SCIENTISTS believe they have found the first direct evidence of mysterious "dark matter" - invisible material thought to make up 22 per cent of the universe.
Observations of two colliding galaxy clusters 100 million light years away showed ordinary matter and dark matter being wrenched apart.
Hot gas produced by the 6.2 million miles-per-hour collision was slowed by a drag force, similar to air resistance.
But dark matter particles were not affected the same way, since they do not interact with ordinary matter except through gravity. This produced a separation of normal and dark matter, which raced ahead of the bullet-shaped hot cloud.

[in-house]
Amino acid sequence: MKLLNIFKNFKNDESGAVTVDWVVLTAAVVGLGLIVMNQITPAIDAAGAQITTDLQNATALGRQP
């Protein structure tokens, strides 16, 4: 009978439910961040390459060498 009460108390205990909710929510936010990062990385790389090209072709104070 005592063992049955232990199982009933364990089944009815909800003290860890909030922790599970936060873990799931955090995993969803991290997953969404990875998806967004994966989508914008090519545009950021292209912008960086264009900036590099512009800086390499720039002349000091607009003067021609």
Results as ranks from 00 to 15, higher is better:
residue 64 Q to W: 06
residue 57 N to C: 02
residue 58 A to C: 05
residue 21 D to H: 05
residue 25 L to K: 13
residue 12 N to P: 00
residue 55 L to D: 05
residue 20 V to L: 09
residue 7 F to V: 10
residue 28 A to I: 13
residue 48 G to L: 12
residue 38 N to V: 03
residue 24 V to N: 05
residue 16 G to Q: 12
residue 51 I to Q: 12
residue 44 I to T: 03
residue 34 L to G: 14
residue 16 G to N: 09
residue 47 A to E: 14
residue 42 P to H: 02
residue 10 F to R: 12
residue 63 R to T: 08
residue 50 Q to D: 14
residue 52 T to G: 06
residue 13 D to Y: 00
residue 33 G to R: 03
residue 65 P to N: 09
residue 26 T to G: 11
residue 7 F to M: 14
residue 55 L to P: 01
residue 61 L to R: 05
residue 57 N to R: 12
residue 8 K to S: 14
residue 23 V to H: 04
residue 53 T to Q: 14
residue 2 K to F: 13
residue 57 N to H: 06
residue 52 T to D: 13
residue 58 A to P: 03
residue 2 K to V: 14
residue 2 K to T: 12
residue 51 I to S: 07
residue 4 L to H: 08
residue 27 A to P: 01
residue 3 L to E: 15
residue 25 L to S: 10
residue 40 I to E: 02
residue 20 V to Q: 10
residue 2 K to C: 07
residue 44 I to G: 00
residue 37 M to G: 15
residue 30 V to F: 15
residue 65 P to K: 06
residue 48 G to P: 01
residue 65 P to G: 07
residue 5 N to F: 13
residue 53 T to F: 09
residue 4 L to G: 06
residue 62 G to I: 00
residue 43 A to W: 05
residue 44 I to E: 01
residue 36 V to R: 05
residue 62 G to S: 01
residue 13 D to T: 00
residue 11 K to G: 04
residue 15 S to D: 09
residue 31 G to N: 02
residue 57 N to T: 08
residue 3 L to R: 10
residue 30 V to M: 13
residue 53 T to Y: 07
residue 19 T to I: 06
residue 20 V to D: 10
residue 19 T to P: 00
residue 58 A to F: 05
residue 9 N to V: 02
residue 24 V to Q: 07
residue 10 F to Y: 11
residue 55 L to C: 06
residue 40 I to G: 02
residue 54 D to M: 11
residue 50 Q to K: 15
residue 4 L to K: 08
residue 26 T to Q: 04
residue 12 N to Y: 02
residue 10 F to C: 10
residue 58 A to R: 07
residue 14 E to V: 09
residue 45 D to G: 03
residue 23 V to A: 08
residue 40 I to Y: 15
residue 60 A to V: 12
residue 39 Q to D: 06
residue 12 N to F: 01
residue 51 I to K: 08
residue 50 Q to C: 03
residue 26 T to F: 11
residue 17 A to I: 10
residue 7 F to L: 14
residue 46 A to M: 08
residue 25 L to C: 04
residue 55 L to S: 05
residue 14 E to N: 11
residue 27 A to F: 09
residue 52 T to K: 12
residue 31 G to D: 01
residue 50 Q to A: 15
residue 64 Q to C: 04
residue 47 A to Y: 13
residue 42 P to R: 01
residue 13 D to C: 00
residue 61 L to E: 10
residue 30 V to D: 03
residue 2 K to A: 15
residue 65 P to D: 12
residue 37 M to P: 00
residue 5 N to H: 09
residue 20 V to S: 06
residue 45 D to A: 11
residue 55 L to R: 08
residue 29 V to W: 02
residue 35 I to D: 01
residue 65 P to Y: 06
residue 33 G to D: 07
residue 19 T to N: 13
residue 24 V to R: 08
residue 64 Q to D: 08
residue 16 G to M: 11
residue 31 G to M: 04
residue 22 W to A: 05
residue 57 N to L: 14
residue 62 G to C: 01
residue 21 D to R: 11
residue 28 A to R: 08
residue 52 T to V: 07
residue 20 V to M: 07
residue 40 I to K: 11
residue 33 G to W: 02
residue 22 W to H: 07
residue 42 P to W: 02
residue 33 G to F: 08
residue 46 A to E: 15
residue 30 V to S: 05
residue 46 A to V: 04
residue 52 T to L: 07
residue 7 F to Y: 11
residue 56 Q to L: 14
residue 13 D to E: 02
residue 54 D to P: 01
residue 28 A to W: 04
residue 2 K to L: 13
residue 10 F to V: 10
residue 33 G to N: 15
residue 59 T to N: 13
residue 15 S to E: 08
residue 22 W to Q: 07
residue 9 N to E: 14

Astronomers used a technique called "gravitational lensing" which measures the way light is bent by the distortion of space caused by gravity.
No-one knows what dark matter is made of, but without it the universe could not exist as it does and there would be no life on Earth. Dark matter is thought to act as a "glue" holding galaxies together and creating order in the cosmos.